Readers of The Kentucky Explorer have been introduced to the
Rev. John J. Dickey in past issues. Remember that he was a traveling
preacher throughout the eastern part of the state during the
years between 1880 and 1925. He helped to establish numerous
churches and at least two colleges. He was also a teacher and
a newspaper editor. However, his most enduring gift to us today
may well be his diary that he kept faithfully during some 50
years of his later life beginning in the 1880s. In all, over
6,000 pages written in his own hand make up this interesting
In this journal of his, Dickey often wrote down accounts of events
daily. Much of the material concerns his day to day life. However,
during the late 1890s he began to gather family history on various
families he met in his travels. We are offering these interviews
to our readers in the hope that they will be appreciated in the
sense that Rev. Dickey intended. These interviews were written
word for word as they were given to Rev. Dickey. Nothing has
I enlisted in the 6th Kentucky Cavalry October 11, 1861. After
14 months of service as a private in that regiment, I was promoted
to captain of Company L 14th Cavalry. My brother, Anderson, got
up the regiment. I was made captain by the votes of the company.
Thomas F. Johnson, my brother-in-law, was first lieutenant; my
brother, Abner, was second lieutenant; my uncle, John, was a
major; and H. C. Lilly was a colonel. I was offered a place on
General Spears' staff, but I preferred to be a private with my
own people. I was married to Mary Lewis on December 25, 1857.
After Mary's death, I married Alice Nanz on March 6, 1880. She
died on June 11, 1892. I married Susan Begley. I was elected
county judge of Leslie County in 1890 and served out my term
of four years. I was police judge of Hyden previous to my election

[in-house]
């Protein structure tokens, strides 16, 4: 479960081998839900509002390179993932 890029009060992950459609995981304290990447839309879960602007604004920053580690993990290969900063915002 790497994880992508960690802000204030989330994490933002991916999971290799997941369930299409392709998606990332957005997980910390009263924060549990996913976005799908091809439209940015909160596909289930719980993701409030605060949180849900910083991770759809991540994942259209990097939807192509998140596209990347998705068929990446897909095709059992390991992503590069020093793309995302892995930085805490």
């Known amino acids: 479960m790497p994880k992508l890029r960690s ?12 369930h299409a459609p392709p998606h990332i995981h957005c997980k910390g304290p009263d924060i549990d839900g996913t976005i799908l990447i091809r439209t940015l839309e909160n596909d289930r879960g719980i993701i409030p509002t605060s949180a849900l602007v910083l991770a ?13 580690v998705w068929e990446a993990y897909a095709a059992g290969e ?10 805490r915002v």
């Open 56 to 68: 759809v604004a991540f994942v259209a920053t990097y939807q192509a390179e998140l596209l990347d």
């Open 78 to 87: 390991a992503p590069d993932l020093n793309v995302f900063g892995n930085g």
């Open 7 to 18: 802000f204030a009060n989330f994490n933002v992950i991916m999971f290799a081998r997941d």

to county judge.
Joseph Eversole, my father, represented Clay, Perry, and Letcher
counties in the Lower House in 1848. He defeated Jeremiah Combs,
Democrat, and Dr. William Reid of Clay, Independent Whig. He
was magistrate previous to that. Afterwards, he refused office.
Abner Eversole, my brother, represented Clay and Rockcastle counties
in the Lower House.
Joseph Eversole, son of Major John, who had the feudal war with
the French, was the county attorney of Perry, trustee of the
jury fund, and deputy collector of Internal Revenue.
February 7, 1898
I was born in Clay County, Kentucky, February 20, 1837. My father
was Robert Baker. He was born in Lee County, Virginia, April
27, 1800. He was a son of "Julius" Robert Baker born
in Lee County, Virginia, March 1, 1779. He was a soldier of 1812
under General Harrison. He removed with his family to the mouth
of Bull Skin, now in Clay County, in the spring of 1801.
February 8, 1898
I was born in Harlan County in 1816. My father was James Napier.
He was born in Lee County, Virginia. He removed to Harlan County
about 1820. He was a soldier of the War of 1812. He was a son
of Patrick Napier who moved from Lee County, Virginia, a few
years after my father. Patrick Napier had children as follows:
James, my father; Edmund; Patrick Cager; William; Renny; Thomas;
Judy Howard; Betsy Howard; and Fannie Gwin. Thomas remained in
Virginia. The Howards who married the girls were the sons of
Sammie Howard of Harlan. My father married his daughter, Elizabeth.
My grandfather, Patrick Napier, lived and died in Harlan. Old
Gen. George Brittain lived on a mound four miles above Harlan